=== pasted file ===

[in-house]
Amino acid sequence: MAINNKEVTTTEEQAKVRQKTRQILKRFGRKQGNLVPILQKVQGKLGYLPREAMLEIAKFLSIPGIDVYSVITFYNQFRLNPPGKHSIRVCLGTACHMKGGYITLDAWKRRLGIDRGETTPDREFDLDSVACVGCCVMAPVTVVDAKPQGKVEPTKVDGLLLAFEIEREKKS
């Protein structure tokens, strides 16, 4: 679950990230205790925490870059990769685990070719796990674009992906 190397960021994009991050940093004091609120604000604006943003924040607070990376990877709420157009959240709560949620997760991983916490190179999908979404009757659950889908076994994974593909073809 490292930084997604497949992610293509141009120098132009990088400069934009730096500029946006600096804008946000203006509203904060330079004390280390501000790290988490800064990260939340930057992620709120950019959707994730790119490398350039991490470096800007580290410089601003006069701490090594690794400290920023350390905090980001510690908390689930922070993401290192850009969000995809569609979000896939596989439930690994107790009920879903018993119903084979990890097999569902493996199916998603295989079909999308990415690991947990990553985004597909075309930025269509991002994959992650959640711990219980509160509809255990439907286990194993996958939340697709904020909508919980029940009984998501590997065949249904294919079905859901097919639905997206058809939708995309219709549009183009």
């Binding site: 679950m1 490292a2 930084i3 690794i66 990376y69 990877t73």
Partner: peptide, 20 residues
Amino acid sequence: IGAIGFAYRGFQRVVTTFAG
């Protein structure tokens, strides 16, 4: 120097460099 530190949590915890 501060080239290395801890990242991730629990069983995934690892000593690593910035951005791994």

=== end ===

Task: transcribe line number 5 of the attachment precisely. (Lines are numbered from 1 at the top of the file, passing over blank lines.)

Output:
Partner: peptide, 20 residues